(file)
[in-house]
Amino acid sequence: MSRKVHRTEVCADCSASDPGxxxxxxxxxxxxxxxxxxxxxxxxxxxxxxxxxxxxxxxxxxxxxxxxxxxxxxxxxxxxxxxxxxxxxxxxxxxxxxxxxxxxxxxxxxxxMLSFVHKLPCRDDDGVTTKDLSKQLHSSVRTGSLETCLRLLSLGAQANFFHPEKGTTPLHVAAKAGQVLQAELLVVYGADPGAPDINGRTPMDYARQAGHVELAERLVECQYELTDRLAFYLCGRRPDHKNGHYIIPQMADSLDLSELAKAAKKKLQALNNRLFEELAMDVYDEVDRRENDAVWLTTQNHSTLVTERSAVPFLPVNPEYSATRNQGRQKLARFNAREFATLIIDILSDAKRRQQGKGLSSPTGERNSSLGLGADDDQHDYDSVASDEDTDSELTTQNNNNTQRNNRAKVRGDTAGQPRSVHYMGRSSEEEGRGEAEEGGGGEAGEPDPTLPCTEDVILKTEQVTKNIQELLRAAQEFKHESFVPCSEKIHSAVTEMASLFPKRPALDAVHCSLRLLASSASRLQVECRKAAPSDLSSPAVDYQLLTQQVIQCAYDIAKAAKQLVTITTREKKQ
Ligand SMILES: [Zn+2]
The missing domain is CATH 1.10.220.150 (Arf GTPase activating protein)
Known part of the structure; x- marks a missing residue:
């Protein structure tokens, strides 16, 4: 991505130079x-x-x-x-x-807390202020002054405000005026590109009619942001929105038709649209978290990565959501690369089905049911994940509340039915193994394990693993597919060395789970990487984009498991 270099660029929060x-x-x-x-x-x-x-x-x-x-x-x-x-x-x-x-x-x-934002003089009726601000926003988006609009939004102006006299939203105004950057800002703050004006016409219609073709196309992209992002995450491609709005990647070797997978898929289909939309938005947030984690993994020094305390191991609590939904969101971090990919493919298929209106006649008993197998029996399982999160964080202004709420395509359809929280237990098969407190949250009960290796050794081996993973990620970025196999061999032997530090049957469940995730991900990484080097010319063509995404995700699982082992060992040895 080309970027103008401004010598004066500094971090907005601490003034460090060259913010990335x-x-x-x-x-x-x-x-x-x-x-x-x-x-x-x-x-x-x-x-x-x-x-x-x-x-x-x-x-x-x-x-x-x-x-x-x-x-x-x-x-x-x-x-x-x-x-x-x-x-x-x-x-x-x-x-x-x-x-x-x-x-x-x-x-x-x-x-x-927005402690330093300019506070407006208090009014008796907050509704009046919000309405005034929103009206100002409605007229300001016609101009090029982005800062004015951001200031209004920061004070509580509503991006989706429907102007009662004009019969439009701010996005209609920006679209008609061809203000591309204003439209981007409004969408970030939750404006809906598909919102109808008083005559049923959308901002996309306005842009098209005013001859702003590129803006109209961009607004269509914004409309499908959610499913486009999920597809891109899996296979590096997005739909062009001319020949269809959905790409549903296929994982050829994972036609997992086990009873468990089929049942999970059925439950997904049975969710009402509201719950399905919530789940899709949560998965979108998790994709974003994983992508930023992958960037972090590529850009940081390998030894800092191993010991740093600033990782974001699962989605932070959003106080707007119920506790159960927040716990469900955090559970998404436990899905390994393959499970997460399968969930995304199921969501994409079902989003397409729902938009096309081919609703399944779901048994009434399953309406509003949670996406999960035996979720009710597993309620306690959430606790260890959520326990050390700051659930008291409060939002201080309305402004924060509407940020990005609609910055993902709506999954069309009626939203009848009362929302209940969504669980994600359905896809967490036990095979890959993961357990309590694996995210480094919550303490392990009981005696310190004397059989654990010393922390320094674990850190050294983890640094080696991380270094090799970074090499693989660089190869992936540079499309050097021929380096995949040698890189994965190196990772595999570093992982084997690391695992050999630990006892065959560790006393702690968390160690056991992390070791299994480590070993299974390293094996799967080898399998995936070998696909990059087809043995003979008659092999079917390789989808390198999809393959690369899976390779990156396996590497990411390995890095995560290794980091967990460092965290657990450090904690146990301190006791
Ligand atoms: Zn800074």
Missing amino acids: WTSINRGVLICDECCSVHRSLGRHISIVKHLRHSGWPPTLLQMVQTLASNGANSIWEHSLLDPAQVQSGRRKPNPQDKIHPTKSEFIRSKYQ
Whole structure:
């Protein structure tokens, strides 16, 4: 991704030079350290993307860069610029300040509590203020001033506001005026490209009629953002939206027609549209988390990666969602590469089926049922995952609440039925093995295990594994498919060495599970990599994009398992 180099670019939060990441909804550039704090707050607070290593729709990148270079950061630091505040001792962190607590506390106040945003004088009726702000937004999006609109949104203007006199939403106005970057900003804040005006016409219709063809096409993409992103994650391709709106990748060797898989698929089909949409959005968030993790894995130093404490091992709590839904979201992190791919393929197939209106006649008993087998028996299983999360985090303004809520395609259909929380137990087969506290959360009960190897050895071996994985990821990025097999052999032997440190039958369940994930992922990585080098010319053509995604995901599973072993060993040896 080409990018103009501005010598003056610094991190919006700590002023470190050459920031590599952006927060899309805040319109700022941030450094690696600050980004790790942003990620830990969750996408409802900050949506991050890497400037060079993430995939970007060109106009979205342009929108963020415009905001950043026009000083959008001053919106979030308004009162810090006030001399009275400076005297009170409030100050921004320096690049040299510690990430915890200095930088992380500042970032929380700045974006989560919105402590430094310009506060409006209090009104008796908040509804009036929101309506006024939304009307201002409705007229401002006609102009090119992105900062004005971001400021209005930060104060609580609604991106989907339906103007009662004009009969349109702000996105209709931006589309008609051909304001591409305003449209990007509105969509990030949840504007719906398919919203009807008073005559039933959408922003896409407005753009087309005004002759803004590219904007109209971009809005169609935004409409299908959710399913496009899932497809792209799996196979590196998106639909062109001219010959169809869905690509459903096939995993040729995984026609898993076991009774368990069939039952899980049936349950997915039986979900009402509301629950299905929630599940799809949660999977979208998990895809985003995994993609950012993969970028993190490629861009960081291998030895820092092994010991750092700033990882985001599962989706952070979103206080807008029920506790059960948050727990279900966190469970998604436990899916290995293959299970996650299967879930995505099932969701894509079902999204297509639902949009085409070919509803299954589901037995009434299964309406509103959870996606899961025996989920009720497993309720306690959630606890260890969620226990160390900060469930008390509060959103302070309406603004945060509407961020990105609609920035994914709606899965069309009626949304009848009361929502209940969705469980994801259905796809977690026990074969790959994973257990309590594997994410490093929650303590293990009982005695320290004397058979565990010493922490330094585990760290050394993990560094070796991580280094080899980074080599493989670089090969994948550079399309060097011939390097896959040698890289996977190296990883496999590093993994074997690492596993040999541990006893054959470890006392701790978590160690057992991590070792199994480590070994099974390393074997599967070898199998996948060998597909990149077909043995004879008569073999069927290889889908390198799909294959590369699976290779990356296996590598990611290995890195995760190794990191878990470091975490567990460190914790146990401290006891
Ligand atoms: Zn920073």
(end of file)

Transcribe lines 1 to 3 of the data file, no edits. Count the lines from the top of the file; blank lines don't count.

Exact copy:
[in-house]
Amino acid sequence: MSRKVHRTEVCADCSASDPGxxxxxxxxxxxxxxxxxxxxxxxxxxxxxxxxxxxxxxxxxxxxxxxxxxxxxxxxxxxxxxxxxxxxxxxxxxxxxxxxxxxxxxxxxxxxMLSFVHKLPCRDDDGVTTKDLSKQLHSSVRTGSLETCLRLLSLGAQANFFHPEKGTTPLHVAAKAGQVLQAELLVVYGADPGAPDINGRTPMDYARQAGHVELAERLVECQYELTDRLAFYLCGRRPDHKNGHYIIPQMADSLDLSELAKAAKKKLQALNNRLFEELAMDVYDEVDRRENDAVWLTTQNHSTLVTERSAVPFLPVNPEYSATRNQGRQKLARFNAREFATLIIDILSDAKRRQQGKGLSSPTGERNSSLGLGADDDQHDYDSVASDEDTDSELTTQNNNNTQRNNRAKVRGDTAGQPRSVHYMGRSSEEEGRGEAEEGGGGEAGEPDPTLPCTEDVILKTEQVTKNIQELLRAAQEFKHESFVPCSEKIHSAVTEMASLFPKRPALDAVHCSLRLLASSASRLQVECRKAAPSDLSSPAVDYQLLTQQVIQCAYDIAKAAKQLVTITTREKKQ
Ligand SMILES: [Zn+2]